Acute Bacterial Infection
The first sign of an acute bacterial infection is the inflammation caused by bacteria colonizing a host organism. Infection can be caused by different types of bacteria contracted from the surrounding environment or, sometimes, by imbalances of the bacteria already existent in the body.
It is very important to distinguish bacterial infections from viral infections because the treatment followed will be different. Acute bacterial infection is always treated with antibiotics, while acute viral infections are treated with antiviral. The symptoms are also different in each type of infection. While viral infections are systemic, involving more than a single part of the body, acute bacterial infections usually affect only a part of the body. For example, in the case of an ear infection, if the pain occurs in just one ear the infection is most likely to be bacterial. On the other hand, viral infections are usually not painful such as herpes which feels itchy and burning.
Bacteria such as Streptococcus or Staphylococcus are normally present in the human flora but when they get out of balance they can cause severe infection such pneumonia or meningitis. They can also be responsible for sepsis, a blood infection which is most of the times life-threatening. They are usually found on the skin or in the nose. Other bacteria causing acute bacterial infections in humans are different species of Rickettsia. This is an intracellular parasite which causes typhus or the Rocky Mountain spotted fever. Chlamydia is another common bacterium responsible for acute infections affecting especially the urinary tract. Some species of Chlamydia are responsible for pneumonia and some of them are associated with the coronary heart disease. Some types of bacteria only cause infections in people who are immune-suppressed or who suffer from cystic fibrosis. Some of them are Pseudomonas aeruginosa, Burkholderia cenocepacia or Mycobacterium avium. Mycobacterium tuberculosis is the bacterium causing tuberculosis. Bacteria are also responsible for infections such as tetanus, typhoid fever, diphtheria or syphilis.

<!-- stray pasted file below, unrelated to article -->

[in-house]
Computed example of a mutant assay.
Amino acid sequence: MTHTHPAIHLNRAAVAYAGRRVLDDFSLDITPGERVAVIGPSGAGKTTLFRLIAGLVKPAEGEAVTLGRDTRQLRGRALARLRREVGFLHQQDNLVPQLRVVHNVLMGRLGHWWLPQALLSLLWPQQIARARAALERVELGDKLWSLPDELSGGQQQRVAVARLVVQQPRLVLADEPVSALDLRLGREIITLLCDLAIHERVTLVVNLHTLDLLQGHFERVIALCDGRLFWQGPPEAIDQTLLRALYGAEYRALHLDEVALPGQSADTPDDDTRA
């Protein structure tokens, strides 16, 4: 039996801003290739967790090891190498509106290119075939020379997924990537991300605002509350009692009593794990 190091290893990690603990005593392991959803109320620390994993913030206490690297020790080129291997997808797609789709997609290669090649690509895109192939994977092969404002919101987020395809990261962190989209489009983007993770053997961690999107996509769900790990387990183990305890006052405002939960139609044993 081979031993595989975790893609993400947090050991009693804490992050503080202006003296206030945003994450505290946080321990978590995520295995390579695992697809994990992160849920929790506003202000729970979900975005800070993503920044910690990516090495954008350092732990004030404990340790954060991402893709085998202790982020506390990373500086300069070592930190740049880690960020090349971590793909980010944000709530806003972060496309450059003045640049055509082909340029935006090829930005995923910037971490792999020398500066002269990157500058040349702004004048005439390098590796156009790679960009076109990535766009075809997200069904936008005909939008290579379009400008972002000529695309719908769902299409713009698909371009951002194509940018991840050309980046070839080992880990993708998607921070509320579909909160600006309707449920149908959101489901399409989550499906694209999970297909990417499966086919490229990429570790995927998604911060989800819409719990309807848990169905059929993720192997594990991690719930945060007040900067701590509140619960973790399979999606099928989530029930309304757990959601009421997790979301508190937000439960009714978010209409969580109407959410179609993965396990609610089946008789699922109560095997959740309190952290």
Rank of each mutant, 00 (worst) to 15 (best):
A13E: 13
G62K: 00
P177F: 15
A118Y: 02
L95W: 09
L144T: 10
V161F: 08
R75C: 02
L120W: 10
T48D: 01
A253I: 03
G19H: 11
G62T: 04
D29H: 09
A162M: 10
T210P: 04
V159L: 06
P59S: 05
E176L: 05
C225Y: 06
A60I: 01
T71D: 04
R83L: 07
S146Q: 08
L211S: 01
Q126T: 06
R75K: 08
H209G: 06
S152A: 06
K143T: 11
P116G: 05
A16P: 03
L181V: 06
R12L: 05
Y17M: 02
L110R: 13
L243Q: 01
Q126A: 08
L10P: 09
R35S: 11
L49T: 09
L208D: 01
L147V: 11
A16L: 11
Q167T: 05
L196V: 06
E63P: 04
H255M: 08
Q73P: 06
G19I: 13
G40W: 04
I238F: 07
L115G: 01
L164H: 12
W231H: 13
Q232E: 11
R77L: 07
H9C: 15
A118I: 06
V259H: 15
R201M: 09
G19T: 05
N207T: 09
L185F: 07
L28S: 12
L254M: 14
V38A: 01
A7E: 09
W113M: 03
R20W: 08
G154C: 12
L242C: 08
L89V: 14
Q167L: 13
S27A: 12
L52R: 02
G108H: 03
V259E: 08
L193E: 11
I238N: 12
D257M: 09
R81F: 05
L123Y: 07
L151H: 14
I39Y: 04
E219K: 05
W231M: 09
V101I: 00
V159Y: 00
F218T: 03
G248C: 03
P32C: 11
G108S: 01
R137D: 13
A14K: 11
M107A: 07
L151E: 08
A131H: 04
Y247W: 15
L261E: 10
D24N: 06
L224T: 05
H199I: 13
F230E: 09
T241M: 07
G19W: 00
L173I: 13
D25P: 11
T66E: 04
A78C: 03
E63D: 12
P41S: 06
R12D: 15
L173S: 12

Bacterial infections are treated with antibiotics. Treatment is given depending on the area that is infected and sometimes bacterial infections need a longer therapy because there is a big chance that the disease is recurrent. Antibiotics can kill the bacteria by interrupting their reproduction cycle but they are not effective on viruses. Thus, if a person is suspecting an infection it is always best to seek the opinion of a doctor in order to establish if the infection is viral or bacterial. The main antibiotics recommended for bacterial infections are the broad spectrum antibiotics that work against a variety of bacteria. These are penicillin, cephalosporin or tetracycline. However, some of the antibiotics work on specific bacteria. Natural remedies are also available for bacterial infection such as garlic, goldenseal or tracheal but their efficacy is doubtable. However, the best is to prevent these infections by maintain a proper hygiene, frequent hand washing or following a healthy diet.
Acute bacterial infection is most of the time an easy to treat illness if following a proper therapy, with symptoms that usually disappear within few days the treatment is administrated but it can also lead to more serious medical conditions, such as pneumonia or sepsis.